Five Classics I Hate
by Solomon Philbrick
Simon and Thomas are on vacation this week because today (Sunday) I am celebrating the unofficial end of my first term as a grad student. Tomorrow it will be official when the papers are handed in, but as of today they have been written, proofed (badly) and printed. Once they are turned in and graded I will know for sure whether the last three months of boredom, anxiety, isolation, and sexual frustration have payed off or will give me the added benefit of academic humiliation.
For the first time since Monday I left my block to put air in the tires and get some change for the laundry room. My God, people actually exist outside of the telephone and computer. Who would have thought?
Anyway, having just written twenty-eight or so pages of researched and documented scholarly bullshit, the last thing in the world that I feel like doing is writing. However, I think of this as a sort of contract, so I’ll meet everyone halfway and put up a list.
So, without further ado, here are the five crappiest books I have had to read due to my choice to major in English.
5. Hard Times by Charles Dickens: Dickens is just plain awful. Here’s a general summary of just about any Dickens novel: The rich people are bad, the poor people are good. If a woman has thick, dark hair she is good. If a man or woman is ugly, he or she is bad about two-thirds of the time. Hard Times is where Dickens lashes out at the Utilitarians, those awful people who brought sewers, public education and the idea that perhaps toddlers shouldn’t work in coal mines to Victorian England. Oh, but their education system wasn’t about feelings and creativity! Hey, Chuck, some discipline keeps the little rugrats from running around Whitechapel. Have some perspective.
4. Paris Peasant by Louis Aragon: I don’t know why I should even have to list this one. It’s not even in English. But I took a class in Surrealism and this was on the syllabus. Reading Surrealism is like watching a mime slit his wrists, only nowhere near as fun. Basically the Surrealists were a bunch of French Communists who seem to have never worked a day in their lives (naturally.) I chose this particular piece of crap because it has a dreamlike sequence where a clown plays an accordion with the word “pessimism” written across it. Merde!
3. Jane Eyre by Charlotte Bronte: This quarter I had to read Jane Eyre for the third time in my life. Next quarter I’ll have to read it again. What the hell is it with this book? While it is not the first of the proto-Fabio novels, it is certainly the most popular. Florence King wrote something once about how the formula for the romance novel is to take a mentally unbalanced squire and a young maiden (usually lower class) and have them somehow fall in love. That’s Jane Eyre in a nutshell. Add to that the fact that it has that creepy old dude marries nineteen-year-old girl thing and you’ve triggered my gag reflex.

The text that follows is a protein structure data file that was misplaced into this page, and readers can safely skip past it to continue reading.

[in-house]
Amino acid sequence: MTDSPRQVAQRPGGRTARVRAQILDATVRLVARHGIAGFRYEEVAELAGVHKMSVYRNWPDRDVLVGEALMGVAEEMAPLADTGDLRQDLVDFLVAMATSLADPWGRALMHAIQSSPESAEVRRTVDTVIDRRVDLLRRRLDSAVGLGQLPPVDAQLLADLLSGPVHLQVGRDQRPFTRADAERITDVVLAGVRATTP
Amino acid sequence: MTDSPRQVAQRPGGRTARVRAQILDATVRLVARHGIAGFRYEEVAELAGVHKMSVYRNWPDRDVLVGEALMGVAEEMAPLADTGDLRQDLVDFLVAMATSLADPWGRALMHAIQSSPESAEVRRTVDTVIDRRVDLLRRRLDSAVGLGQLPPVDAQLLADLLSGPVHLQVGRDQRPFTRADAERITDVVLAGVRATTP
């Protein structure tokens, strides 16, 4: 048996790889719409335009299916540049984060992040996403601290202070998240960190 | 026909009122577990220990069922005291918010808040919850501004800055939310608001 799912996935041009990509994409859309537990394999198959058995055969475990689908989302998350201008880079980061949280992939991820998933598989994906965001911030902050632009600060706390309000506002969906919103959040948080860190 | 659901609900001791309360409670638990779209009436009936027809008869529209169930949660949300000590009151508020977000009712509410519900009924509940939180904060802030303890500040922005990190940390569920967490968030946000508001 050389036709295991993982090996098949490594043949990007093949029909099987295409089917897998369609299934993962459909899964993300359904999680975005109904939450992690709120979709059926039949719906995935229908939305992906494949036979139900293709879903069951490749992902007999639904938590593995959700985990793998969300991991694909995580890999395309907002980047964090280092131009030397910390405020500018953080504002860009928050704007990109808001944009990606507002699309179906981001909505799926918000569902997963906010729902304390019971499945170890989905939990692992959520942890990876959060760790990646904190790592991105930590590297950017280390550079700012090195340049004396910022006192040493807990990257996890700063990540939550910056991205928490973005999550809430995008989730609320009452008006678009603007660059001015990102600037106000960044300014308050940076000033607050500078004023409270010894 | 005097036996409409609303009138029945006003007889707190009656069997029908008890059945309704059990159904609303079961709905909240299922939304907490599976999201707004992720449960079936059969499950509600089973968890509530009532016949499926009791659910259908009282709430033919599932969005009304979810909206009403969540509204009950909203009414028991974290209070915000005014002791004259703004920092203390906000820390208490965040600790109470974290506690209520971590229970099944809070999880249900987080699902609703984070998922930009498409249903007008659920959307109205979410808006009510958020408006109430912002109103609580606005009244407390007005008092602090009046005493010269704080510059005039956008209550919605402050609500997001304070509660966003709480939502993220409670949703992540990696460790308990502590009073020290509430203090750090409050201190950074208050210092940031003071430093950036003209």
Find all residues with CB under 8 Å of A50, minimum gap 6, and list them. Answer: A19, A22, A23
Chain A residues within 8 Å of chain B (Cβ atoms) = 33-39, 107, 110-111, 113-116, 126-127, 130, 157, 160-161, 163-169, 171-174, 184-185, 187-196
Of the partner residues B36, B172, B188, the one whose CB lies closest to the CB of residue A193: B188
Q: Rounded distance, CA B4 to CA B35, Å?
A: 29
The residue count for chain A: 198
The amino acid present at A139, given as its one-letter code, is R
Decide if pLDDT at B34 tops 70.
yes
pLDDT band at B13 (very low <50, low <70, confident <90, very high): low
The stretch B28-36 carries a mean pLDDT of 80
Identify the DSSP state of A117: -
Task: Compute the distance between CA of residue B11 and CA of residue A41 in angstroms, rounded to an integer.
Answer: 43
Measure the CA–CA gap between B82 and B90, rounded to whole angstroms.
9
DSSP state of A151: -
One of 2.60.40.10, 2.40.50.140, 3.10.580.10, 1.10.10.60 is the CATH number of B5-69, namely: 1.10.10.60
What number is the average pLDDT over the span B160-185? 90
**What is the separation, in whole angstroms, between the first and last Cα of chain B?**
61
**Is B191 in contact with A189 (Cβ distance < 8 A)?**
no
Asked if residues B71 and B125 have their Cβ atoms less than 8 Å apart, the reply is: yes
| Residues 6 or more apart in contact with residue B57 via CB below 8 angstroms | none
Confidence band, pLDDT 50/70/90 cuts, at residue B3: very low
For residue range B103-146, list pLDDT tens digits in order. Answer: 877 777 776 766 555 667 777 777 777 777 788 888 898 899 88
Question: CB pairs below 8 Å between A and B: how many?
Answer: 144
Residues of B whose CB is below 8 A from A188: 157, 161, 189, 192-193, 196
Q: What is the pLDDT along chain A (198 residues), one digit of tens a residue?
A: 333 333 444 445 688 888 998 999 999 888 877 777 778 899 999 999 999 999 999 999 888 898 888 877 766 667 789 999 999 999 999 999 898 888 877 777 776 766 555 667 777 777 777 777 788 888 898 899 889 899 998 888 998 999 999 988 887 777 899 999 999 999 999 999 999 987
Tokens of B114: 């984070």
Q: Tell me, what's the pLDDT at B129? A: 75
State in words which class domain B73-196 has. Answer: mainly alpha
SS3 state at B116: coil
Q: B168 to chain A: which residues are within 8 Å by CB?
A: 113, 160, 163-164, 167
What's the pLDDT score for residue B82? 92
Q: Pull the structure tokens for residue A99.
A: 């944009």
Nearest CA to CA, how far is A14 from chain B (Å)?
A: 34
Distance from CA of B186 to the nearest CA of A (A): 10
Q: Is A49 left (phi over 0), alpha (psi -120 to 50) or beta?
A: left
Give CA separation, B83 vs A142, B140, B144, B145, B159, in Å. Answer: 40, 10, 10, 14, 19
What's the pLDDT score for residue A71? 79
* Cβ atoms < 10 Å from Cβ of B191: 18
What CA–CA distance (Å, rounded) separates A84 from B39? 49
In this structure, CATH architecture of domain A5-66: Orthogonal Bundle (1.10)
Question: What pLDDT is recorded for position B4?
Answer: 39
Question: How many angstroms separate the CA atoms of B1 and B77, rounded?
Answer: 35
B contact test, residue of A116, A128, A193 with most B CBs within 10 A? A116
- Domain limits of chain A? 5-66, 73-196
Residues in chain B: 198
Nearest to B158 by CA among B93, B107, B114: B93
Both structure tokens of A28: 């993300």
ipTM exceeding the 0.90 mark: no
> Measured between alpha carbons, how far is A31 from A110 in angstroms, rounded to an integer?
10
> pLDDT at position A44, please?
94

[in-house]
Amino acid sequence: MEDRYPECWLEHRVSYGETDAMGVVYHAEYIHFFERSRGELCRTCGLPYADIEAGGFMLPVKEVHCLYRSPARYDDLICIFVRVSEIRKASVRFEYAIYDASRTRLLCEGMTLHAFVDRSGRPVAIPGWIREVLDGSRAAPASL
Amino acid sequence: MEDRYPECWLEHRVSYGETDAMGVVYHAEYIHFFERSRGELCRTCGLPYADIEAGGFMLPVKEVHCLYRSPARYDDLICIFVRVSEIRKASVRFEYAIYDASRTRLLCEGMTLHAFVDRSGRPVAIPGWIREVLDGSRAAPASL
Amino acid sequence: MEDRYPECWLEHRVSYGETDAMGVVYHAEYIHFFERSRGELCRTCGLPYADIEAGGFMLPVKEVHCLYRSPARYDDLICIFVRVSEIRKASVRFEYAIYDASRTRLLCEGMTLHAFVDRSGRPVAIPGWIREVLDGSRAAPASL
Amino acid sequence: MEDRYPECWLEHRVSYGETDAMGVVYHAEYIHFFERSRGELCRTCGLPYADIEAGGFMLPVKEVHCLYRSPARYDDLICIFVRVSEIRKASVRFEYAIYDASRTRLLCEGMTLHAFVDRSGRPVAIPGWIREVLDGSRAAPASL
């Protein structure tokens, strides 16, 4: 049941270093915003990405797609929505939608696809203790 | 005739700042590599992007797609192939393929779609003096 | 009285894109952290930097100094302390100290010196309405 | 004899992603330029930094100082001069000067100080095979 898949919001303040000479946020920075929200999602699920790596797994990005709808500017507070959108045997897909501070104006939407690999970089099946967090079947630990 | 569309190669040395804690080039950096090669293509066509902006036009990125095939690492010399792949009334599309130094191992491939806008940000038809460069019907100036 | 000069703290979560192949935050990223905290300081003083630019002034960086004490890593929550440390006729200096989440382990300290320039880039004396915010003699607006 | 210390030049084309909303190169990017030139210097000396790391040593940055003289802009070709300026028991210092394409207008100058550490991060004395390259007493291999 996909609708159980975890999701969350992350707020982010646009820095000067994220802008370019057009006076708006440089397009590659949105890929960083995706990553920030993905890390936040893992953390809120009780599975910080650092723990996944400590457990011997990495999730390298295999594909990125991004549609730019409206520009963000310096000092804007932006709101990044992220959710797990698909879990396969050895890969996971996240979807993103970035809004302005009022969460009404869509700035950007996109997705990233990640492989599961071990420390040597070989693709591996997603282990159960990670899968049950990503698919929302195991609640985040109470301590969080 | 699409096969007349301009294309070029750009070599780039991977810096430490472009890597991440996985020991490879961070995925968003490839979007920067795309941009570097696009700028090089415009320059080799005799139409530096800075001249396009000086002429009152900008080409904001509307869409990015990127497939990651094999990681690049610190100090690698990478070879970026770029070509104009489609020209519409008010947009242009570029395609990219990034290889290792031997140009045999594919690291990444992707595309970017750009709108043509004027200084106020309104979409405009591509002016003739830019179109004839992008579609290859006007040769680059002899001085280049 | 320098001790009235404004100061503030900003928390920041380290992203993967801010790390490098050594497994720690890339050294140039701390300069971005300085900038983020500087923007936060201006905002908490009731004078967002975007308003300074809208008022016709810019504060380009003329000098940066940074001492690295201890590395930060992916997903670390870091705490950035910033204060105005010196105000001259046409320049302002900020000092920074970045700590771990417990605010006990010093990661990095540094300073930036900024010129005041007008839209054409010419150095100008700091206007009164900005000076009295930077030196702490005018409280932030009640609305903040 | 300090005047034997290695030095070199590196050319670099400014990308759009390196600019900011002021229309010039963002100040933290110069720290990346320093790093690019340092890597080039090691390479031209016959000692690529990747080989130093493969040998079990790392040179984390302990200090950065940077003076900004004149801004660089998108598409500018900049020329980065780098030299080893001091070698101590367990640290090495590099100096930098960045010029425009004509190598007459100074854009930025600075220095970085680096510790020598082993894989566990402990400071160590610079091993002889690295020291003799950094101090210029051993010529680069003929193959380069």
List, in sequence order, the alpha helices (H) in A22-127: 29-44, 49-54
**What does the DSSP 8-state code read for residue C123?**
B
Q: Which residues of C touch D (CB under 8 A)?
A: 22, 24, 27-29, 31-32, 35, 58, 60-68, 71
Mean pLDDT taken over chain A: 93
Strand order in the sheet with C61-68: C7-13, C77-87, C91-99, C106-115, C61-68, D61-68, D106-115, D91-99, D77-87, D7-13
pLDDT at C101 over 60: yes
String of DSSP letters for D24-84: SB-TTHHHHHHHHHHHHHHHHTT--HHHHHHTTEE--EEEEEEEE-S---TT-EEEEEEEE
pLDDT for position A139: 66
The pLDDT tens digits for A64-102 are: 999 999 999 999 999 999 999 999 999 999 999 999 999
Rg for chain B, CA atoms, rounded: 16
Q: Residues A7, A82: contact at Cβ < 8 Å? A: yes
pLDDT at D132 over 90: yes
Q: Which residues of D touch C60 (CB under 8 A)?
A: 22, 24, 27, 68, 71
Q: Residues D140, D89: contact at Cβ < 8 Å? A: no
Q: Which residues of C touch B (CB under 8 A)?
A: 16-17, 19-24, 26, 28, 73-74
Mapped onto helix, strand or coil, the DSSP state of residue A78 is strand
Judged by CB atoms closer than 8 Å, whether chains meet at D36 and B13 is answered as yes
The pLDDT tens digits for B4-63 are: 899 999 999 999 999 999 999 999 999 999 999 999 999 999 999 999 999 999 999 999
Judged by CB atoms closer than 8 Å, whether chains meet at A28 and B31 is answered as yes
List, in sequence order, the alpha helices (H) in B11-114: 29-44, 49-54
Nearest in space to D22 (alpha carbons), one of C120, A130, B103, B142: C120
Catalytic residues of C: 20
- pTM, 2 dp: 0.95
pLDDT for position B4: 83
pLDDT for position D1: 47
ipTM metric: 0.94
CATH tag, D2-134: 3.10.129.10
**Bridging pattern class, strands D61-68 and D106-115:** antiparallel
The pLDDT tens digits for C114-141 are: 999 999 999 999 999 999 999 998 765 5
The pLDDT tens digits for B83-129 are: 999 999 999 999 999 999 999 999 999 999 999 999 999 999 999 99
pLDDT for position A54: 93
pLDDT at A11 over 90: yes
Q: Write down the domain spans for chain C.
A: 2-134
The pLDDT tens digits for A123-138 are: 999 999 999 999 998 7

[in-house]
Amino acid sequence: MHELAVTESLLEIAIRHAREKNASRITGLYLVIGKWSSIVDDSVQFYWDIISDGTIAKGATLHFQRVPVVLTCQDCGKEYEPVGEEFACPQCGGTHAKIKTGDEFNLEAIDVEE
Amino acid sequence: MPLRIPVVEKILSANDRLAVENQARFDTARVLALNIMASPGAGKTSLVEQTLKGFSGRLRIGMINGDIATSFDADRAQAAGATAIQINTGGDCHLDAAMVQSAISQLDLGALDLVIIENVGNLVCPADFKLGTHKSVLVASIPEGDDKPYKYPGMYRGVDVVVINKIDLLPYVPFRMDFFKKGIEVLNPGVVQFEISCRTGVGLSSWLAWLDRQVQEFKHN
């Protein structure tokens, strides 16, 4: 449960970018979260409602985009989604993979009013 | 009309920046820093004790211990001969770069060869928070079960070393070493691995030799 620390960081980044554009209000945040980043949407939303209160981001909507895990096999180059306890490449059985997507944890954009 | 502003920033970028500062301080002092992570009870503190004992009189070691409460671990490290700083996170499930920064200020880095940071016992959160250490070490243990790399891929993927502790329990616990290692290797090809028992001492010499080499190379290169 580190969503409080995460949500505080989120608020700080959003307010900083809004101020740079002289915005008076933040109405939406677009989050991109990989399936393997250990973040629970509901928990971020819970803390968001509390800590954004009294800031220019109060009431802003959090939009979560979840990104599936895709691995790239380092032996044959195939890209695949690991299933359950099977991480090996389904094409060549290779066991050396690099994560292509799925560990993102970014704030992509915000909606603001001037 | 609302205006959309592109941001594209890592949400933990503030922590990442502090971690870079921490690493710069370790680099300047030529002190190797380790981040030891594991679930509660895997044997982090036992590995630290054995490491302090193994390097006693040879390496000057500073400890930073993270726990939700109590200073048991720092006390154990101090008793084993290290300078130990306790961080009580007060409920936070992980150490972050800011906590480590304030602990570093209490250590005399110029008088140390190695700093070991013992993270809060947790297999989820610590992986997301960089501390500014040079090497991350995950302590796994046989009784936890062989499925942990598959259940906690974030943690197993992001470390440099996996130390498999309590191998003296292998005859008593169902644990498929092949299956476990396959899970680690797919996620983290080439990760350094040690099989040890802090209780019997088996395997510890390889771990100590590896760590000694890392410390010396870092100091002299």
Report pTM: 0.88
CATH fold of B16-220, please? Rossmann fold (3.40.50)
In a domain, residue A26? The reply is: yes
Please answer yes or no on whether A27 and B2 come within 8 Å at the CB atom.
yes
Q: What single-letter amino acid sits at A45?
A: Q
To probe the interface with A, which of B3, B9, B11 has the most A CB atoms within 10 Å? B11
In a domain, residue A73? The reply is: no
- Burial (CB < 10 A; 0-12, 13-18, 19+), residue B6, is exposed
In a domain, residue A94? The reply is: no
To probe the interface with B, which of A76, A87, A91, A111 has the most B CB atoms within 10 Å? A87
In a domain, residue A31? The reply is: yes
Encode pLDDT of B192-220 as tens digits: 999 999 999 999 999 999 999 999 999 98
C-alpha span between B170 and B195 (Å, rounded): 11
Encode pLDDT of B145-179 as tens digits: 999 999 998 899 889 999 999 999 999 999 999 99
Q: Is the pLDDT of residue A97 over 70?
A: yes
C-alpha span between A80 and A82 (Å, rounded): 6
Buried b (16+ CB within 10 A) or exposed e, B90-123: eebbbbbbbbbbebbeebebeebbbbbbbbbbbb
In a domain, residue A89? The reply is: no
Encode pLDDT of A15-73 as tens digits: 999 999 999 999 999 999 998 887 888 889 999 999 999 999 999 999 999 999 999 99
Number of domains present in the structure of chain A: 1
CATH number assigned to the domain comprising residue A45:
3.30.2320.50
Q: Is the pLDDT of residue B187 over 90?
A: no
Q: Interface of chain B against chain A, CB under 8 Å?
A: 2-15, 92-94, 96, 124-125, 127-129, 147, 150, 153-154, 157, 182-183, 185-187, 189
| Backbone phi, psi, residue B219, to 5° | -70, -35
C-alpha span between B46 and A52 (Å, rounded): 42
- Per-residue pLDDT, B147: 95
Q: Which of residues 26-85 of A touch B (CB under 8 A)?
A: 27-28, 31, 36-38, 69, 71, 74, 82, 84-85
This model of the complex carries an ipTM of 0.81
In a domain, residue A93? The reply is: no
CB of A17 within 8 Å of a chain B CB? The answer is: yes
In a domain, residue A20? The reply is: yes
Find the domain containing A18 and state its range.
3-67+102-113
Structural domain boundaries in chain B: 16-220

2. The Jungle by Upton Sinclair: This book is the perfect narrative of a man’s conversion to socialism. Jurgis Rudkus comes from Lithuania with his large family and takes a job at a meat packing plant. What’s that, Jurgis? No one told you that an industrialized economy is not the place for huge families? No one warned you while you were back on the farm that Chicago in 1905 isn’t the fucking promised land? Well, it’s too late now. Jurgis fucks up at everything he does, from factory worker to common criminal to lowlife politician. It’s almost like my life, except that I chose to go to grad school when I failed at everything else. Anyway, most of his family dies in more or less ridiculous ways (I think one drowns in a snowdrift) and one female relative becomes a prostitute. (It’s nice to think that at least one of our protagonist’s family members is contributing to society.) When Jurgis fails to do anything for himself, he becomes a socialist. Think about it.
1. Hamlet by William Shakespeare: I just don’t get why this one is so important. Dude, if you’re gonna murder your uncle man up and do it already. “To be or not to be?” I don’t give a shit, Mr. Prince of fucking Denmark. You’re boring me. Macbeth kicks this play’s ass all over town and yet this is the one we always have to read. At least with Macbeth we get all sorts of murder and intrigue. If I’m some dumb groundling out to hit the theater in Elizabethan England you had better believe I’m going to want some gory entertainment, not some boob philosophizing about the meaning of life. More proof that Macbeth is better than Hamlet: Mel Gibson and Kenneth Branagh both did versions of Hamlet. Roman Polanski did a version of Macbeth.